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New 2012 Tax Rates: How to Prepare

New 2012 Tax Rates: How to Prepare

Obama Wins: Bush Tax Cuts Hang in the Balance

On November 6th, President Obama secured a win to serve out a second presidential term which, for most in the House signals difficult negotiations between Democrats and Republicans over the fate of the Bush-era tax cuts. In the balance hangs nearly $100 billion in automatic spending cuts, and the more than 50 expiring tax extenders, which include the alternative minimum tax (AMT) patch for tens of millions of taxpayers. The President’s re-election leaves lingering doubt about an eventual year end tax agreement over long-term tax reform while the IRS is calling for action so they can issue 2013 forms.

The Impact on the Individual Tax Payer

If Obama retains enough support for his tax plan, the year-end tax strategies will demand much more focus from higher-income taxpayers. The President has called for higher tax rates on individuals who make above $200,000 and families with incomes above $250,000. He has suggested 36 percent and 39.6 percent income tax rates for higher-income individuals. The President also supports a maximum capital gains rate increase from 15 percent to 20 percent and a dividend rate rise from 15 percent to 36 percent or 39.6 percent for higher-income taxpayers. Additionally, individuals will pay a 3.8 percent Medicare contribution surtax on net investment income which goes into effect on January 1, 2013.

The Bush-Era Tax Cuts Expire

The Bush-era tax cuts are quickly nearing expiration and legislators must come to some agreement. The new Obama era plan essentially calls for increased taxes on higher-income individuals. With 2012-focused tax legislation hanging in the balance, some speculate that Congress will try to buy some time by enacting a three-month extension of Bush-era tax cuts. What are the ramifications if they don’t either grant an extension or enact the new law? Wage withholding at the higher tax rates would become mandatory for all taxpayers at all income levels.  Also take home pay will also be immediately reduced if Congress does not extend the employee-side payroll tax holiday, or enact some replacement for it. The employee-share of OASDI is scheduled to return to 6.2 percent instead of 4.2 percent (up to the 2013 Social Security wage base of $113,700). Proponents of an extension maintain that the economy cannot take the hit on consumer spending that would inevitably occur without an extension on the payroll tax holiday; opponents argue that it is temporary tax relief that the nation can no longer afford.  In short if Congress approves the President’s tax strategy, the individual income tax rates would be: 10, 15, 25, 28, 33, 36, and 39.6 percent for 2013 and subsequent years.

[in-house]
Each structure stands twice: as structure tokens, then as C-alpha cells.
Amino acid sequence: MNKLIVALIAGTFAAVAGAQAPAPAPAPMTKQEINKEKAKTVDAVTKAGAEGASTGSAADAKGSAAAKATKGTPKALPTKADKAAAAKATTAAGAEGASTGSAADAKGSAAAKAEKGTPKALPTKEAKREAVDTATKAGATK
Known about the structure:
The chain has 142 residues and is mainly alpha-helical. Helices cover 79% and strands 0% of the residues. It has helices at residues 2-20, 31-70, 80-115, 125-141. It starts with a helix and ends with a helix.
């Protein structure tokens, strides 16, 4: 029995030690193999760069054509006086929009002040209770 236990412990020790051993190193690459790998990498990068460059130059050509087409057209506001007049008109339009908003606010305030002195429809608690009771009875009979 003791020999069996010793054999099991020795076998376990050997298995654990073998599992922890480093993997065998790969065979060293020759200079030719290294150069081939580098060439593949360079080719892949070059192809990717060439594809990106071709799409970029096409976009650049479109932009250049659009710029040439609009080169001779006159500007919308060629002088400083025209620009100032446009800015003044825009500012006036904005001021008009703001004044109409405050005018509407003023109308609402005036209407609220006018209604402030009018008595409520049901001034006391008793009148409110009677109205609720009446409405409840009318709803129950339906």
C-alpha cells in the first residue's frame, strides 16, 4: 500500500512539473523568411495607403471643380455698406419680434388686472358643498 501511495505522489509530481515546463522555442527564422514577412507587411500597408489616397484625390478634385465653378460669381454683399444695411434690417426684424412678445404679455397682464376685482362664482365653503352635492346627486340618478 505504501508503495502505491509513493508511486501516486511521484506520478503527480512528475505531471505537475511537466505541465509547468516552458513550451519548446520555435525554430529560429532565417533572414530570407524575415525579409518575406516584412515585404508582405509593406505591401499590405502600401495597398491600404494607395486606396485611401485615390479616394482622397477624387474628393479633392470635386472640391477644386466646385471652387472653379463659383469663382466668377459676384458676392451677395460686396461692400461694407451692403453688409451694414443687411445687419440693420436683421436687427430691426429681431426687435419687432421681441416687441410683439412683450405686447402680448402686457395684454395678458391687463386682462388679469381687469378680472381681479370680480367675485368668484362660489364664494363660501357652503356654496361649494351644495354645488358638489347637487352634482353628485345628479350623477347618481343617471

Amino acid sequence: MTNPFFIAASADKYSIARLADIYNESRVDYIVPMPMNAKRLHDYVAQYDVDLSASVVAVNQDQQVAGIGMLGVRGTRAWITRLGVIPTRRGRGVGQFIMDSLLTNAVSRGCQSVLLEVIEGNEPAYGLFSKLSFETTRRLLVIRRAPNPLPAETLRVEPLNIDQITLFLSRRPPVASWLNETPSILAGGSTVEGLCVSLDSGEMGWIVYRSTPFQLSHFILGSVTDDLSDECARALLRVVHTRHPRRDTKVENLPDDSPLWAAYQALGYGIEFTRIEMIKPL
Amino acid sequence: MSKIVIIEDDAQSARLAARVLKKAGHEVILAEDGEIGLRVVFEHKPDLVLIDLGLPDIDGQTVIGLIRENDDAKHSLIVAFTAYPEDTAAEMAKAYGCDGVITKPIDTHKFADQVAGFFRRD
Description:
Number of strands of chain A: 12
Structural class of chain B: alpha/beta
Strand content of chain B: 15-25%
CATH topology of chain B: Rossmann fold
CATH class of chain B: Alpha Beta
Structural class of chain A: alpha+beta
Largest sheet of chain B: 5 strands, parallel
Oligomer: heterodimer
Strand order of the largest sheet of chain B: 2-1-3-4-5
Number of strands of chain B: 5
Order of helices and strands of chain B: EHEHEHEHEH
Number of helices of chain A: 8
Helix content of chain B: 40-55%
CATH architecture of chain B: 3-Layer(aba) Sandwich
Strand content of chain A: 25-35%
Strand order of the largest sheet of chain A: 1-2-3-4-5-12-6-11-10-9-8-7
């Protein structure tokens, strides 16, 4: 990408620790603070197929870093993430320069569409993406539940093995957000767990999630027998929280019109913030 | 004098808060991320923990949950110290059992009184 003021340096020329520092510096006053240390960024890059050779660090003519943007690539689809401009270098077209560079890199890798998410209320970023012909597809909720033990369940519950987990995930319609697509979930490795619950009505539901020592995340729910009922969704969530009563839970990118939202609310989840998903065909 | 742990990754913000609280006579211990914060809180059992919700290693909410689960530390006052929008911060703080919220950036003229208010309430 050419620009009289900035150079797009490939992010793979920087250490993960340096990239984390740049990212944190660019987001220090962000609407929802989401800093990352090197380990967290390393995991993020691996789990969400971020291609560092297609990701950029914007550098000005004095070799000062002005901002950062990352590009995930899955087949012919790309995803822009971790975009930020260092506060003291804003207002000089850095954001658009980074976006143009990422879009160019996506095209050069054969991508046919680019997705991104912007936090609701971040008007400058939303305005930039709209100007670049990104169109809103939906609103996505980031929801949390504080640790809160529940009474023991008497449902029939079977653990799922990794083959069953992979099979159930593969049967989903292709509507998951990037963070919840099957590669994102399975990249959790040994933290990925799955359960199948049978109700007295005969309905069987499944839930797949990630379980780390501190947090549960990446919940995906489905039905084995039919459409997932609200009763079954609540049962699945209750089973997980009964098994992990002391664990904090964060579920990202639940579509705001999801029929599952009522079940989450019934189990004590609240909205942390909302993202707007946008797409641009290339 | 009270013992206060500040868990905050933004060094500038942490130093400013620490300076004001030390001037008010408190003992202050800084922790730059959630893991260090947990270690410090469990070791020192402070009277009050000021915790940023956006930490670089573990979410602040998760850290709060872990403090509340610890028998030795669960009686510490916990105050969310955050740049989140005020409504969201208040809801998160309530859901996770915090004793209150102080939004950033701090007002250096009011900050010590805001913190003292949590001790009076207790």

California Takes an Additional Tax Hit

In California, the voter approval of Prop 30 results in an increase in California income taxes starting with this 2012 tax year.  These new California tax rates will be effective to the end of 2018 and are as follows:

  • The tax rate on individuals with income $250,000 to $300,000, and joint-filers with income $500,000 to $600,000, will increase 1% from 9.3% to 10.3%.
  • The tax rate on individuals with income $300,000 to $500,000, and joint-filers with income $600,000 to $1,000,000 will increase 2% from 9..3% to 11.3%
  • The tax rate on individuals with income more than $500,000 and joint-filers with income more than $1,000,000 will increase 3% from 9.3% to 12.3%

Further, there is an additional 1% tax for incomes over $1,000,000 under the previously approved California Mental Health Services Tax.  The result is a maximum California income tax rate of 13.3% for single filers with income of more than $500,000 or joint filers with income of more than $1,000,000.

If you are in a higher tax bracket and concerned about all these modifications, now might be a great time to seek out the advice of a Certified Public Accountant in the Los Angeles area who will help you navigate these new rates. At my Woodland Hills Accounting firm, we are helping a number of clients prepare for the new tax increases and would be happy to assist you as well. Give us a call at 818-593-6777 to set up a consultation.

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